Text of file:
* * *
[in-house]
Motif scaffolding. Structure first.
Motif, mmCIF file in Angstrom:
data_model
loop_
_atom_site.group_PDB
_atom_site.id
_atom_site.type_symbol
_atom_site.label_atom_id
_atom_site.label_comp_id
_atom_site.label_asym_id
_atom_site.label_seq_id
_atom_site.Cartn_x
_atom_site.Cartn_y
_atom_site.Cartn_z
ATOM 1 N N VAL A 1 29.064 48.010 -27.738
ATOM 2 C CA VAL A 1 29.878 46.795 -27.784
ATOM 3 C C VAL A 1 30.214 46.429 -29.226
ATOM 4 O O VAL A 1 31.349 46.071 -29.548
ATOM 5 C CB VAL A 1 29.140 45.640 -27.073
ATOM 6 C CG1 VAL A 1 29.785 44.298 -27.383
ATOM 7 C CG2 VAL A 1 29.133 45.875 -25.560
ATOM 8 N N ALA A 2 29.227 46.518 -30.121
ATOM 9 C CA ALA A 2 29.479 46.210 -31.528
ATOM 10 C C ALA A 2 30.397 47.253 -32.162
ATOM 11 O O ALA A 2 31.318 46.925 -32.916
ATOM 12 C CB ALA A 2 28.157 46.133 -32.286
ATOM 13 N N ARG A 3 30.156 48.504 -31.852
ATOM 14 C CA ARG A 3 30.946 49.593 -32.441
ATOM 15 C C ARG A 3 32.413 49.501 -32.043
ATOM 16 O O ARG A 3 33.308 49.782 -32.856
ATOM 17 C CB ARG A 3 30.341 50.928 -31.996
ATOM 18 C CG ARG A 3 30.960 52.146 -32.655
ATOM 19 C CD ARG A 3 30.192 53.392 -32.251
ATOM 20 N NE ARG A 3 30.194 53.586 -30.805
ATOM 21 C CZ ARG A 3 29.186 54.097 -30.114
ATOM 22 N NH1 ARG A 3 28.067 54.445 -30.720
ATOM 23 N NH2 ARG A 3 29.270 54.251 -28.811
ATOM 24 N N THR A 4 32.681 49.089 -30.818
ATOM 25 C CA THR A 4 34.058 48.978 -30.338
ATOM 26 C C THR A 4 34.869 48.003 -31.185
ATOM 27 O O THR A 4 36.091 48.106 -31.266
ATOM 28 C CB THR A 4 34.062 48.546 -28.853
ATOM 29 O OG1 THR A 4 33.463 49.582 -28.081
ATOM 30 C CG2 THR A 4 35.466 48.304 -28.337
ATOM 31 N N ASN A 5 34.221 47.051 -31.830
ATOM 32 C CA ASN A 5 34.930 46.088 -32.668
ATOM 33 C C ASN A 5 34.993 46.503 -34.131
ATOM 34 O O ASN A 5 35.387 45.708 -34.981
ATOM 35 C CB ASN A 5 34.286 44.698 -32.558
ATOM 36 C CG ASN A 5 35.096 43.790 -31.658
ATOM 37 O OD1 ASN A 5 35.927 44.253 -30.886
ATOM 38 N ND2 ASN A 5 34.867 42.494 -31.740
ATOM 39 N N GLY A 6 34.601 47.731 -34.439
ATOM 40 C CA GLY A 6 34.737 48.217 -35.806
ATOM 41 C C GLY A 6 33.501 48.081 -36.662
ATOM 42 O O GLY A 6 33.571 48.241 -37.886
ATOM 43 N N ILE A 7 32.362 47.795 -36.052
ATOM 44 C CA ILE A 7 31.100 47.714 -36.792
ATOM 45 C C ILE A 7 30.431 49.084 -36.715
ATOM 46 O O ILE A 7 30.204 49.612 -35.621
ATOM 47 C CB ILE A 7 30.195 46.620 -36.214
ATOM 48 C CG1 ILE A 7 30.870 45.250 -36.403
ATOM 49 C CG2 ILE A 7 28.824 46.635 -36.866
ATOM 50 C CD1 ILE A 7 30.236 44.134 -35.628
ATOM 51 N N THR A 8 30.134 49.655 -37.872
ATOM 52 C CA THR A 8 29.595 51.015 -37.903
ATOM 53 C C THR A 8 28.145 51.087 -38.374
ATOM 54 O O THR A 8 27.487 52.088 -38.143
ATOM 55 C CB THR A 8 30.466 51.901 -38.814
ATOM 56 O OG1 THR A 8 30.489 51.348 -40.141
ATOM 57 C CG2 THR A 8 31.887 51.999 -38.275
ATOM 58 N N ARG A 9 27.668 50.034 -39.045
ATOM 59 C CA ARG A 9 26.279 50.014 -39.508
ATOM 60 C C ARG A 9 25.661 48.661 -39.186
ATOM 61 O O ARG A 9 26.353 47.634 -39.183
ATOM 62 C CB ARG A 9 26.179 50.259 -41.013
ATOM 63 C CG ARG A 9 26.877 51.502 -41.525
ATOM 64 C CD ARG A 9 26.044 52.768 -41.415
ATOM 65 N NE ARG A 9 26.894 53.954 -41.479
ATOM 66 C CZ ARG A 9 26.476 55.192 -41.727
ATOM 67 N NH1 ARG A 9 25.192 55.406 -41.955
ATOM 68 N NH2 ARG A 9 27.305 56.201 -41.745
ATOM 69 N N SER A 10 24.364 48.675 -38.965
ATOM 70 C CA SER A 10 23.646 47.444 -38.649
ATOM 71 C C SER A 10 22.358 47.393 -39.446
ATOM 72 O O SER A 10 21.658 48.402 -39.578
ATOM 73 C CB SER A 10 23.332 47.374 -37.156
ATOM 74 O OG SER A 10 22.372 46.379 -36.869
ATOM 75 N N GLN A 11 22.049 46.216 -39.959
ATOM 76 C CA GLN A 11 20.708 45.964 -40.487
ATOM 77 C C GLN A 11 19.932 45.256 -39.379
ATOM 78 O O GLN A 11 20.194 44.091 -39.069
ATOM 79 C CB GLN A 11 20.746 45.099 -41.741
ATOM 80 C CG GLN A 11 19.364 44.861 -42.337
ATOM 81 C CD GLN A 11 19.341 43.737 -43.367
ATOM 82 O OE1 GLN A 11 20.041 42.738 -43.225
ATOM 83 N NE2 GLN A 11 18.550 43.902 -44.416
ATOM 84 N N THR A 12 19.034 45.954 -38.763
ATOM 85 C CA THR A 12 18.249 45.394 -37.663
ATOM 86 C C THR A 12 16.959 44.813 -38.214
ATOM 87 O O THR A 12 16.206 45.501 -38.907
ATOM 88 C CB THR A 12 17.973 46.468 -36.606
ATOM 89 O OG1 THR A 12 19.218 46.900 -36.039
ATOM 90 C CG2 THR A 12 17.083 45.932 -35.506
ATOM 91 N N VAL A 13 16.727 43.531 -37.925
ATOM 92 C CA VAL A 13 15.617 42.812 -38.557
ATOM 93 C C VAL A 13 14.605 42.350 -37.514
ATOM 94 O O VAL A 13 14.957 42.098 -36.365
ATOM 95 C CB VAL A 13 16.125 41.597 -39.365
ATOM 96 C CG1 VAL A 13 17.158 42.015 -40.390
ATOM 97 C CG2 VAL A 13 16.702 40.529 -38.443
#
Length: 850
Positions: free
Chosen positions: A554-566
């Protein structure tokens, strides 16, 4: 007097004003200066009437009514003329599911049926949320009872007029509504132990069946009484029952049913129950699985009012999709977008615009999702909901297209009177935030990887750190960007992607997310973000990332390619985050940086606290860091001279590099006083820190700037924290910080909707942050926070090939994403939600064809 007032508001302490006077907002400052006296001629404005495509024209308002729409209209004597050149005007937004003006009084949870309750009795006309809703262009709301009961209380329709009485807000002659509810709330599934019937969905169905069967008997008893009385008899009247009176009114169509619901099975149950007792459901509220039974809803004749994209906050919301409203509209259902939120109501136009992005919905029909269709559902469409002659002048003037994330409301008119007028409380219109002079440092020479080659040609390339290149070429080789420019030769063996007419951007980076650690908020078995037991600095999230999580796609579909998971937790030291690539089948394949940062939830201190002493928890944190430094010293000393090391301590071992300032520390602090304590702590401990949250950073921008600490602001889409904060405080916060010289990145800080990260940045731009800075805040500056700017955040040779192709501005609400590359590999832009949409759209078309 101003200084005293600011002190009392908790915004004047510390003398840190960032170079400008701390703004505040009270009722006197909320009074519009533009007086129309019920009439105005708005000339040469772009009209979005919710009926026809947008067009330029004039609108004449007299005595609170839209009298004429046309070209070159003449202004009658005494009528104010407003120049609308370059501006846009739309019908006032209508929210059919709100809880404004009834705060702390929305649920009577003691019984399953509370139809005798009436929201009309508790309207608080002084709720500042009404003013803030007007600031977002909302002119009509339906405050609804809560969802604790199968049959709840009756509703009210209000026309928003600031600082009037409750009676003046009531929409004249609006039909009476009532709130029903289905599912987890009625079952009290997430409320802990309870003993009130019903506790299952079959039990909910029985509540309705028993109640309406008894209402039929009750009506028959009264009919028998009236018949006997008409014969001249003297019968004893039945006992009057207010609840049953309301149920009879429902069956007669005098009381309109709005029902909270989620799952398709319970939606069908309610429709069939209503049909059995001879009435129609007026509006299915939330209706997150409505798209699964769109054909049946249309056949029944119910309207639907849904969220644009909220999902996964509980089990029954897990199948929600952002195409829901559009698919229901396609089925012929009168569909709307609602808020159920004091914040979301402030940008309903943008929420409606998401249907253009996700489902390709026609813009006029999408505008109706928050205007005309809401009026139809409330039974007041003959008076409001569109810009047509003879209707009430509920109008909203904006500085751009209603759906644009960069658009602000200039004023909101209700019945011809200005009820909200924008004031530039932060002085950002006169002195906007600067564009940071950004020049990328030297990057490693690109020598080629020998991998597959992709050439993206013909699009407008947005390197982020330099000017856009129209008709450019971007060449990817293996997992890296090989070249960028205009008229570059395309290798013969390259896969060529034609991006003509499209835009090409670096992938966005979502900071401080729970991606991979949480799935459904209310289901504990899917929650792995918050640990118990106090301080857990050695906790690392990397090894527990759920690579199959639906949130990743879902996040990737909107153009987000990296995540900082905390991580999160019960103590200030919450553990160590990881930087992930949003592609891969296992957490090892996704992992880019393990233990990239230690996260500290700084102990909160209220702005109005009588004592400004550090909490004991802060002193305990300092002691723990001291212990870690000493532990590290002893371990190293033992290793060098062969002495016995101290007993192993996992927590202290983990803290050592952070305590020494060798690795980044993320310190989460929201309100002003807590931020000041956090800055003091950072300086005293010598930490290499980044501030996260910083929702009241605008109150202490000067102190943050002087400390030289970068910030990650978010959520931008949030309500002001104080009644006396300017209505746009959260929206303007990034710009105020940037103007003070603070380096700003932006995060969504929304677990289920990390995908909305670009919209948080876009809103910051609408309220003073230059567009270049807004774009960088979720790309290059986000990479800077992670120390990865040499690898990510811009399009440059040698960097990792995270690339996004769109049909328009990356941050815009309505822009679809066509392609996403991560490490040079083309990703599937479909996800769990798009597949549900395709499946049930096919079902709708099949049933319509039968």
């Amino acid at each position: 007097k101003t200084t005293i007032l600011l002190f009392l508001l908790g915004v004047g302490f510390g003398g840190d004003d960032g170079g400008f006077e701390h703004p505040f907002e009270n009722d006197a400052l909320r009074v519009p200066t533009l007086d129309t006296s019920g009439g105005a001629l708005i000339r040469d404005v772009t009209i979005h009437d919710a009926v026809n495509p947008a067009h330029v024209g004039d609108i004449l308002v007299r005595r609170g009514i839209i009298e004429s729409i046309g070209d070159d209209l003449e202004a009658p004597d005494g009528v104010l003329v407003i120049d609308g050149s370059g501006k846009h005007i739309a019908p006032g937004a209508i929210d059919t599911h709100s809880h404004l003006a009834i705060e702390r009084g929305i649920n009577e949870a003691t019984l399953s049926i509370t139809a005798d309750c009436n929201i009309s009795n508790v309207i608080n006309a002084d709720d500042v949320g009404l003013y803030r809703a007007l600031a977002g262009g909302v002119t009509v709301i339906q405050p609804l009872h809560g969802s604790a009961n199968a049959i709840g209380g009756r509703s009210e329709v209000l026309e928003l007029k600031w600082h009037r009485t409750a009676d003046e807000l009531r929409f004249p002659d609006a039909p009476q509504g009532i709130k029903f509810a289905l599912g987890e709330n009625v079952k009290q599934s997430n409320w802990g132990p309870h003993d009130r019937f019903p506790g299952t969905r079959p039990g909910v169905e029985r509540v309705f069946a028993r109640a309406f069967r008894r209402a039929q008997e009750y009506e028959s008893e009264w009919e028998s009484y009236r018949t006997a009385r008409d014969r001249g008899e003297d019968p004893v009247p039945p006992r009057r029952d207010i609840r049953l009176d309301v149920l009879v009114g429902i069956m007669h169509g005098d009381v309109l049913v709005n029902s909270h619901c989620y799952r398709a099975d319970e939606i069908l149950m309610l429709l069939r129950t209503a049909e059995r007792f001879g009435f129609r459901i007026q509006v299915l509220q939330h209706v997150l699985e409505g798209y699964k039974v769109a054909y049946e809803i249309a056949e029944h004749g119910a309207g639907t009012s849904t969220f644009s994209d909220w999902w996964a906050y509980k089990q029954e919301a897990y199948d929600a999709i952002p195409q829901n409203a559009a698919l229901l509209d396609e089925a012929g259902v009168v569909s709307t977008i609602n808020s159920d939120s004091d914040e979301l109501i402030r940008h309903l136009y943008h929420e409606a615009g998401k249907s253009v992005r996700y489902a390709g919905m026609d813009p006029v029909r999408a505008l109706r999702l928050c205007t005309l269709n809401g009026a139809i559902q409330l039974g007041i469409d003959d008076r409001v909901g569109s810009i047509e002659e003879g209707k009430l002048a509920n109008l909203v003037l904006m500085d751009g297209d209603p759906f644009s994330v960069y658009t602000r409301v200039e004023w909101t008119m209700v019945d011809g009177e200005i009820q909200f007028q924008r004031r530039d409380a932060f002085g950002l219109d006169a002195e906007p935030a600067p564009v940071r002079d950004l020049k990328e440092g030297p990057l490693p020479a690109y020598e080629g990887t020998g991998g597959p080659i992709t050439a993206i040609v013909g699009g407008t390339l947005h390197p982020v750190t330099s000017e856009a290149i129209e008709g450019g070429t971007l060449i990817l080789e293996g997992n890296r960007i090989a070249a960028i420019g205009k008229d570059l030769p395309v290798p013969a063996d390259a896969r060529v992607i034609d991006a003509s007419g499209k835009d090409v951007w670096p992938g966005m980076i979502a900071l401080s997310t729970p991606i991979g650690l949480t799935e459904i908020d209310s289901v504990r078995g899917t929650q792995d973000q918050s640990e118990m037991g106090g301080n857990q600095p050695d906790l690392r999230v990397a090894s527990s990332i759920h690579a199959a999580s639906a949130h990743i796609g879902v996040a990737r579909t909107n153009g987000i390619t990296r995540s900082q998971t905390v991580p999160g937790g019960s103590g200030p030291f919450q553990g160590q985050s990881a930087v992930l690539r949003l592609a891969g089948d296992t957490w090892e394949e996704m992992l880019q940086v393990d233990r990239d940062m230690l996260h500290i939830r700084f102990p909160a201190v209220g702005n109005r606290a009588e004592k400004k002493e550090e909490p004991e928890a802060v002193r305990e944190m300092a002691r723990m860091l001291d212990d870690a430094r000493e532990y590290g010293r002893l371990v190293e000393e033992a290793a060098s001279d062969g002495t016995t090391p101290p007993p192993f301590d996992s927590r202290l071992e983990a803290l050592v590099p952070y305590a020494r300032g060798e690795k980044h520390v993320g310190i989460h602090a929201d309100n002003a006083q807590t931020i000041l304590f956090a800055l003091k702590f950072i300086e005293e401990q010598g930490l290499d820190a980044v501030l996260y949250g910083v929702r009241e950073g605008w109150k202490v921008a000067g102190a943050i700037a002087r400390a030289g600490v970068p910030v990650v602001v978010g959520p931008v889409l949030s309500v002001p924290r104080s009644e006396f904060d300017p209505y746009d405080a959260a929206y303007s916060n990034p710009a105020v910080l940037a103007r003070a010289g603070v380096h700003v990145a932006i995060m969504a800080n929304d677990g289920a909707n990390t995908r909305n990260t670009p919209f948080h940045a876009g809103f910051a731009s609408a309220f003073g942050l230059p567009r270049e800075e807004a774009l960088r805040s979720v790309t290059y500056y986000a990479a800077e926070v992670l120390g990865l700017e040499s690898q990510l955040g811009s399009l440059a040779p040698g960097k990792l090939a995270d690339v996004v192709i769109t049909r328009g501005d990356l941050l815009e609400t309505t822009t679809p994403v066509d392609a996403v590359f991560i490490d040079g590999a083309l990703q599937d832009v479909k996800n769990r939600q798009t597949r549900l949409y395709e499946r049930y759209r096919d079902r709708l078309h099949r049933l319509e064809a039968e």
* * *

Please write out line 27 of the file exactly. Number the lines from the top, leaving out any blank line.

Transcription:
ATOM 12 C CB ALA A 2 28.157 46.133 -32.286